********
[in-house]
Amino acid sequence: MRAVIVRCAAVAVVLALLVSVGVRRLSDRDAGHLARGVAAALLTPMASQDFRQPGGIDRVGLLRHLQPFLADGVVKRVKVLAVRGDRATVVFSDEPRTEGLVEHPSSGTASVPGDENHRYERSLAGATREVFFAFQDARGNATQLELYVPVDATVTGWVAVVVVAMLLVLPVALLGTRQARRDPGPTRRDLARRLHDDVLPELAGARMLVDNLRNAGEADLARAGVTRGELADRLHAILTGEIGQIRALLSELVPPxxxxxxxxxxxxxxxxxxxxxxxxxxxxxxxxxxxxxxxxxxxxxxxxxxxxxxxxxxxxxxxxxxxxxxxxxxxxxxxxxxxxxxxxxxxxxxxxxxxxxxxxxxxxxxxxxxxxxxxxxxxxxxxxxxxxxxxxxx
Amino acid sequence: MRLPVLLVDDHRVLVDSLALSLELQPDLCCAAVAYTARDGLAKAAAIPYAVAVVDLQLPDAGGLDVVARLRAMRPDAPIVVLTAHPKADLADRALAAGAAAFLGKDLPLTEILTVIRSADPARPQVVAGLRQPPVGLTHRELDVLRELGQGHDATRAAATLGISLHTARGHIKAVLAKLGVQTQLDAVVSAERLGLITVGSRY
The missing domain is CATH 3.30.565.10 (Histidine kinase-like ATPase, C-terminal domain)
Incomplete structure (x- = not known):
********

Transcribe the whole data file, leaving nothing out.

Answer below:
[in-house]
Amino acid sequence: MRAVIVRCAAVAVVLALLVSVGVRRLSDRDAGHLARGVAAALLTPMASQDFRQPGGIDRVGLLRHLQPFLADGVVKRVKVLAVRGDRATVVFSDEPRTEGLVEHPSSGTASVPGDENHRYERSLAGATREVFFAFQDARGNATQLELYVPVDATVTGWVAVVVVAMLLVLPVALLGTRQARRDPGPTRRDLARRLHDDVLPELAGARMLVDNLRNAGEADLARAGVTRGELADRLHAILTGEIGQIRALLSELVPPxxxxxxxxxxxxxxxxxxxxxxxxxxxxxxxxxxxxxxxxxxxxxxxxxxxxxxxxxxxxxxxxxxxxxxxxxxxxxxxxxxxxxxxxxxxxxxxxxxxxxxxxxxxxxxxxxxxxxxxxxxxxxxxxxxxxxxxxxx
Amino acid sequence: MRLPVLLVDDHRVLVDSLALSLELQPDLCCAAVAYTARDGLAKAAAIPYAVAVVDLQLPDAGGLDVVARLRAMRPDAPIVVLTAHPKADLADRALAAGAAAFLGKDLPLTEILTVIRSADPARPQVVAGLRQPPVGLTHRELDVLRELGQGHDATRAAATLGISLHTARGHIKAVLAKLGVQTQLDAVVSAERLGLITVGSRY
The missing domain is CATH 3.30.565.10 (Histidine kinase-like ATPase, C-terminal domain)
Incomplete structure (x- = not known):